What do Billy Boyle and the classic television series The Prisoner have in common? In the fifteenth book in the series, The Red Horse, it’s more than you might think. 

The action takes place mainly within the confines of a secret military hospital in Great Britain. The physical setting owes much to an actual hospital, the High Royds Pauper Lunatic Asylum. When it opened in 1888, it was a then state-of-the-art facility, a small village of sorts for the indigent and assumed insane. By the time it was fully closed in 2003, it was in an extreme state of disrepair. Today, those buildings house bright condominiums, although I wonder at what spirits might roam about at night.

The secret hospital I envisioned in which Billy and Kaz are recuperating from their recent mission to Paris (see When Hell Struck Twelve) is Saint Albans Special Hospital, a former pauper lunatic asylum taken over by the British government to house secret agents and others who need to recover from wounds physical and spiritual in a secure setting. 

When I found images of High Royds, it fit my vision of this high security installation perfectly. The run-down condition and the sooty brick structures were exactly how I’d seen Saint Albans in my mind. Within the fictional Saint Albans, which had been hastily re-purposed for wartime use, there are two wings. One is for agents, mainly those of the British Special Operations Executive (SOE), healing from wounds and injuries suffered behind enemy lines. The other wing houses those who have had emotional breakdowns. Among those are some who cannot be trusted to keep secrets in open society. Their stay may be the longest.

Now the fictional and the historical merge once again. There was a real SOE facility dedicated to securing agents who couldn’t be trusted. But it wasn’t a hospital. 

It was a lodge on a remote Scottish island. Inverlair Lodge, also known as SOE Number 6 Special Workshop School. But it was not a school for agents. It was a convenient spot, remote and inaccessible, to stash agents who were judged to be not up to the task, while at the same time in possession of secret information that could not be allowed to get out. Some lost their nerve at the last minute before embarking on a mission. Others realized they were unable to kill, especially in the up-close style of the SOE. Those sent there did think it was another in a line of training establishments. As time passed, they often came to know the truth. It was a prison. A relatively luxurious prison, by wartime standards. Liquor and food were plentiful, and everyone could roam freely on the island.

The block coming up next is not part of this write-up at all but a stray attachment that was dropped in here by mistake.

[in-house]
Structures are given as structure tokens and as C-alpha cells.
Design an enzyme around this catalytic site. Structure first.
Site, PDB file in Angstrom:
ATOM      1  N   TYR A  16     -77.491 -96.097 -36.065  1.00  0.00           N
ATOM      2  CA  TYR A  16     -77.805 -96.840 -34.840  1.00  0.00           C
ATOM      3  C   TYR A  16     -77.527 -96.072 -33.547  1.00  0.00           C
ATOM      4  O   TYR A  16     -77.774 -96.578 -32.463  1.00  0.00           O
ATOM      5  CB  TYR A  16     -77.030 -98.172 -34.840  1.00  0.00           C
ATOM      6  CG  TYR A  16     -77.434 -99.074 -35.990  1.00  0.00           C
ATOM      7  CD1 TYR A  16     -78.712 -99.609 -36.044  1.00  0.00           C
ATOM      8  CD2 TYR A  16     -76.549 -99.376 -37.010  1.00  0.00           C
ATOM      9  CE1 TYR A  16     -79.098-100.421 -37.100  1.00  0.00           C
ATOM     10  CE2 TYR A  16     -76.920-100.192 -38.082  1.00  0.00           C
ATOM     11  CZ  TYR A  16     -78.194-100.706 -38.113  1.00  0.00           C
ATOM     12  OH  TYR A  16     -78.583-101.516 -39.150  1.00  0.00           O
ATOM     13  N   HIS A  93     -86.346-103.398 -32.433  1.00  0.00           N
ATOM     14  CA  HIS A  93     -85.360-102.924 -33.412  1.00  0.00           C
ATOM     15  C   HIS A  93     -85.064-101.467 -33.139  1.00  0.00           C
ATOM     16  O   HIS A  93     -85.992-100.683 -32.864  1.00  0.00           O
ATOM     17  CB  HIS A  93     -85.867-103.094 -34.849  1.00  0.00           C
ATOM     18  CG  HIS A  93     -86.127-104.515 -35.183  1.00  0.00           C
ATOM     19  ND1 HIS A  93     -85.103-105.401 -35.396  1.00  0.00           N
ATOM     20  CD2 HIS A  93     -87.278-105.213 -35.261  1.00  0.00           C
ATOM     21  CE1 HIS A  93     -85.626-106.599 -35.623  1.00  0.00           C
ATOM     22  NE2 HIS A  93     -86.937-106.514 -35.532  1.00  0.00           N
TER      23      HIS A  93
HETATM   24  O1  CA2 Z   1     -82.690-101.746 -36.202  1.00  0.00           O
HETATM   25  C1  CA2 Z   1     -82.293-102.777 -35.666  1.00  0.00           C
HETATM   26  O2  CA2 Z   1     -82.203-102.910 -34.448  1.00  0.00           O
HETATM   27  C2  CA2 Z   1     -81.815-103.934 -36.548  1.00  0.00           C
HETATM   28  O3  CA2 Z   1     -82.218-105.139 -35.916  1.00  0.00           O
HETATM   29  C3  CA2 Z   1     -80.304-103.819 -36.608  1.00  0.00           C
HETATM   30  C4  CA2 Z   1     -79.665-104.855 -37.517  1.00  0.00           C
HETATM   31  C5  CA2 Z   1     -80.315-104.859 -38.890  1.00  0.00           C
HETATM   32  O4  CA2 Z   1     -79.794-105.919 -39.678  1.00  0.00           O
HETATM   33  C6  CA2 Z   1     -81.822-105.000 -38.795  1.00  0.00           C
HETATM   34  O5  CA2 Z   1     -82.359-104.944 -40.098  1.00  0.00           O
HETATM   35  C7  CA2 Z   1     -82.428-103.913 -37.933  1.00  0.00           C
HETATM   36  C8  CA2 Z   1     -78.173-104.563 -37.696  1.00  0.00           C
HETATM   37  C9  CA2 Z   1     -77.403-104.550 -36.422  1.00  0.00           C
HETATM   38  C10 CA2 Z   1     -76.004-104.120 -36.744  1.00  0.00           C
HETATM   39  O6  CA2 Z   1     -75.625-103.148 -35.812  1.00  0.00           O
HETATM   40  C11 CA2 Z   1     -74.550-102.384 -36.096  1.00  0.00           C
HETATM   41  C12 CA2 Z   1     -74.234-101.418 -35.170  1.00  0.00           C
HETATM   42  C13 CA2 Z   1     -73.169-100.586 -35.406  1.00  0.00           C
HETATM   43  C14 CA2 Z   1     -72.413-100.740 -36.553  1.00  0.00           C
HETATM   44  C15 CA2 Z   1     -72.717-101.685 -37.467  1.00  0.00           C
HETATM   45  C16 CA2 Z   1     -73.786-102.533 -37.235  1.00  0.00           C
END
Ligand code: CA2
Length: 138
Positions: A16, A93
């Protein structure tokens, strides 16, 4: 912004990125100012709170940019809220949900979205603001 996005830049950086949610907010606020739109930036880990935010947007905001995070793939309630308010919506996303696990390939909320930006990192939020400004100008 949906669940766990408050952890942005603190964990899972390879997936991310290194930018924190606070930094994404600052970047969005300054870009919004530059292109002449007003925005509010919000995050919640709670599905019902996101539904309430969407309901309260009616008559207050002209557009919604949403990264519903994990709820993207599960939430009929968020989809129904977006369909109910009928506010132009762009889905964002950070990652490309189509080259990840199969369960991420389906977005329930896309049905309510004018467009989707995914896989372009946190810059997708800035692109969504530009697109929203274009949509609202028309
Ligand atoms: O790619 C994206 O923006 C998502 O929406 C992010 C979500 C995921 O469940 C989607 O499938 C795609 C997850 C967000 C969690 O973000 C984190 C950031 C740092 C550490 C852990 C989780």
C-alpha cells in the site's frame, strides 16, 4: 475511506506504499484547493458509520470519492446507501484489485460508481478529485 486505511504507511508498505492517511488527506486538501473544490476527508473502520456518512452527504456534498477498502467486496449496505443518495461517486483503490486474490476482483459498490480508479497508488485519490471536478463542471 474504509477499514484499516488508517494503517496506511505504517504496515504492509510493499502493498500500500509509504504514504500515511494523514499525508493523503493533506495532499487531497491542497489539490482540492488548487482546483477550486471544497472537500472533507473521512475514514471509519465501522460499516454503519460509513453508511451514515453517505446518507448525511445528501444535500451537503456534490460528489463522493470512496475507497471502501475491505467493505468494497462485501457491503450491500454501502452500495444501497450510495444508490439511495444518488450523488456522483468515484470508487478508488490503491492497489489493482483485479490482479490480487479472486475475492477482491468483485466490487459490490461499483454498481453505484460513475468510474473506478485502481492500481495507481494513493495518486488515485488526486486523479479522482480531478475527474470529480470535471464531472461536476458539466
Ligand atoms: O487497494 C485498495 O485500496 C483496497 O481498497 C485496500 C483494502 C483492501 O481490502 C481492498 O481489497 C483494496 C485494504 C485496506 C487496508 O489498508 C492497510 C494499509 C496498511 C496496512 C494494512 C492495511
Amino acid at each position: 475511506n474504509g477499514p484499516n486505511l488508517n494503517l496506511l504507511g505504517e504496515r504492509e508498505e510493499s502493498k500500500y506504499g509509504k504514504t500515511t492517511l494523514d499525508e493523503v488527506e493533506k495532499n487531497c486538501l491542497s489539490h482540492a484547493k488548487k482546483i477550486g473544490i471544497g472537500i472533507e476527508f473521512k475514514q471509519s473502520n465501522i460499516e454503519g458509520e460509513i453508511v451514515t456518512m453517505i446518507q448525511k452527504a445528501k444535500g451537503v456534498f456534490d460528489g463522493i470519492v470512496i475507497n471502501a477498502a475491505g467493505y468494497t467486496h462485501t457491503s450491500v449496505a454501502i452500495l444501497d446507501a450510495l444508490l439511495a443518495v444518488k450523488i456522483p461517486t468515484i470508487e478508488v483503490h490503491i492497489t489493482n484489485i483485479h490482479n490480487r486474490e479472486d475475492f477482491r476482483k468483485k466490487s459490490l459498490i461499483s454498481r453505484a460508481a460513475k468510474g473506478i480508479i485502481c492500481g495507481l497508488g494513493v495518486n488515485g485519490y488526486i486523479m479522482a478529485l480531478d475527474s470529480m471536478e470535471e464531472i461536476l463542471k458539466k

In my medical version of Inverlair, patients can roam freely only within the limits of the facility, and there is little in the way of good food and drink. But there is murder, and a muddled Billy Boyle, still recovering from the effects of too much methamphetamine, must figure out if what he saw was a hallucination or was all too real.

There is an off-stage character named George Markstein, and this is in homage to the man who had a great deal to do with the ground-breaking television series The Prisoner. George Markstein was a writer who was aware of the existence of the Number 6 Special Workshop School, and mined that knowledge to help develop The Prisoner, as co-creator with the star, Patrick McGoohan. Markstein can be seen at the start of each episode of The Prisoner, as the balding, bespectacled man behind the desk, to whom McGoohan’s character is seen angrily handing his letter of resignation.

In The Prisoner, the setting is The Village, a high-tech version of Inverlair Lodge, a pleasant place from which there is no escape. McGoohan’s character is known only as Number Six, a nod by Markstein to the SOE Number 6 school.

Markstein later wrote a novel titled The Cooler, which was based on Inverlair Lodge. Reading this 1974 novel, which featured a murder among those held at the isolated lodge, I saw the possibilities for what amounted to a locked room mystery with a top secret setting. The Cooler is worth a read if you can find it. At the time, Kirkus called it a “sinister story of World War II Intelligence so soundproofed you can hardly hear a footfall and so inferential you are not quite sure of what you’ve heard.”

The Prisoner dealt with themes of individualism versus collectivism and the rise of the police state, apt concepts, especially in the mid-1960s, if not today. The same theme pervades The Red Horse, in which terrible steps are taken to defeat a terrible enemy, and forces the question, does that make our side as terrible as the other? 

How far can a free society go in a just cause? 

The Red Horse is available now.

James R. Benn is the author of the Billy Boyle World War II mysteries. The debut, Billy Boyle, was a Dilys Award nominee and a Book Sense top-five mystery, A Blind Goddess was longlisted for the IMPAC Dublin Literary Award, The Rest Is Silence was a Barry Award nominee, and The Devouring was a Macavity Award nominee. Benn, a former librarian, splits his time between the Gulf Coast of Florida and Connecticut with his wife, Deborah Mandel.